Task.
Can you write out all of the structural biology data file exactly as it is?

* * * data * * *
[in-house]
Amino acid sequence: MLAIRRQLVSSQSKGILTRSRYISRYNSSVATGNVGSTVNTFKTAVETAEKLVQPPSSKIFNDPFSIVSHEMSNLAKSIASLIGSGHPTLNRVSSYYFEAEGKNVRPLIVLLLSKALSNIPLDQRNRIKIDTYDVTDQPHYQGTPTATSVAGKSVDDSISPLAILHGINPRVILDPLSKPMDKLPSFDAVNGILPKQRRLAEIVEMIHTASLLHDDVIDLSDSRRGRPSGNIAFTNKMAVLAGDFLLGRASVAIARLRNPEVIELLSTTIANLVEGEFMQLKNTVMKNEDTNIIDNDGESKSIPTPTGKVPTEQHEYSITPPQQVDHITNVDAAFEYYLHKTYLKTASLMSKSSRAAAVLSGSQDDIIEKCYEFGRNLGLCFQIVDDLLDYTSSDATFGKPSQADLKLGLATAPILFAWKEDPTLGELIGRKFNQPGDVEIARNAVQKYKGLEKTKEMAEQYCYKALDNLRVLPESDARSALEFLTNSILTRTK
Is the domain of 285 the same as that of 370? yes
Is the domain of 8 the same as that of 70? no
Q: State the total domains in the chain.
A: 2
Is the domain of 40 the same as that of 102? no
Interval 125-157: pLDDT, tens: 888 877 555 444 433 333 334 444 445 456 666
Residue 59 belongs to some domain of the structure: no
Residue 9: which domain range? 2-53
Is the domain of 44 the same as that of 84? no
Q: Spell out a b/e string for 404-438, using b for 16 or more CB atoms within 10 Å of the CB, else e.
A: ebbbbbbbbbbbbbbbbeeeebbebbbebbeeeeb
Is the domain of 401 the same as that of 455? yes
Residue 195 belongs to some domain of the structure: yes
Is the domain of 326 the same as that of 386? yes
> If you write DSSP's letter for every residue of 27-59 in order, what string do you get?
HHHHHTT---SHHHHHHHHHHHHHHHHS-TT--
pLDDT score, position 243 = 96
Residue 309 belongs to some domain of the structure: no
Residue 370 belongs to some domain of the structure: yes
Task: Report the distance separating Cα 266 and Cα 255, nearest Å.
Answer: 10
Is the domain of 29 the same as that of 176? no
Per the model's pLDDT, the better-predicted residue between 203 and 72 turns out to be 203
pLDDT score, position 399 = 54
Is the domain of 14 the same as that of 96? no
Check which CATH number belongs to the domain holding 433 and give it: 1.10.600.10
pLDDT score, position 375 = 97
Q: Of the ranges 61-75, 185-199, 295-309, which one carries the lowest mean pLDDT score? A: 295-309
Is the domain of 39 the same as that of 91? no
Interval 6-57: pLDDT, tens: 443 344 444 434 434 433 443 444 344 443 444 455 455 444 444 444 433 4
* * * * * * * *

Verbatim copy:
[in-house]
Amino acid sequence: MLAIRRQLVSSQSKGILTRSRYISRYNSSVATGNVGSTVNTFKTAVETAEKLVQPPSSKIFNDPFSIVSHEMSNLAKSIASLIGSGHPTLNRVSSYYFEAEGKNVRPLIVLLLSKALSNIPLDQRNRIKIDTYDVTDQPHYQGTPTATSVAGKSVDDSISPLAILHGINPRVILDPLSKPMDKLPSFDAVNGILPKQRRLAEIVEMIHTASLLHDDVIDLSDSRRGRPSGNIAFTNKMAVLAGDFLLGRASVAIARLRNPEVIELLSTTIANLVEGEFMQLKNTVMKNEDTNIIDNDGESKSIPTPTGKVPTEQHEYSITPPQQVDHITNVDAAFEYYLHKTYLKTASLMSKSSRAAAVLSGSQDDIIEKCYEFGRNLGLCFQIVDDLLDYTSSDATFGKPSQADLKLGLATAPILFAWKEDPTLGELIGRKFNQPGDVEIARNAVQKYKGLEKTKEMAEQYCYKALDNLRVLPESDARSALEFLTNSILTRTK
Is the domain of 285 the same as that of 370? yes
Is the domain of 8 the same as that of 70? no
Q: State the total domains in the chain.
A: 2
Is the domain of 40 the same as that of 102? no
Interval 125-157: pLDDT, tens: 888 877 555 444 433 333 334 444 445 456 666
Residue 59 belongs to some domain of the structure: no
Residue 9: which domain range? 2-53
Is the domain of 44 the same as that of 84? no
Q: Spell out a b/e string for 404-438, using b for 16 or more CB atoms within 10 Å of the CB, else e.
A: ebbbbbbbbbbbbbbbbeeeebbebbbebbeeeeb
Is the domain of 401 the same as that of 455? yes
Residue 195 belongs to some domain of the structure: yes
Is the domain of 326 the same as that of 386? yes
> If you write DSSP's letter for every residue of 27-59 in order, what string do you get?
HHHHHTT---SHHHHHHHHHHHHHHHHS-TT--
pLDDT score, position 243 = 96
Residue 309 belongs to some domain of the structure: no
Residue 370 belongs to some domain of the structure: yes
Task: Report the distance separating Cα 266 and Cα 255, nearest Å.
Answer: 10
Is the domain of 29 the same as that of 176? no
Per the model's pLDDT, the better-predicted residue between 203 and 72 turns out to be 203
pLDDT score, position 399 = 54
Is the domain of 14 the same as that of 96? no
Check which CATH number belongs to the domain holding 433 and give it: 1.10.600.10
pLDDT score, position 375 = 97
Q: Of the ranges 61-75, 185-199, 295-309, which one carries the lowest mean pLDDT score? A: 295-309
Is the domain of 39 the same as that of 91? no
Interval 6-57: pLDDT, tens: 443 344 444 434 434 433 443 444 344 443 444 455 455 444 444 444 433 4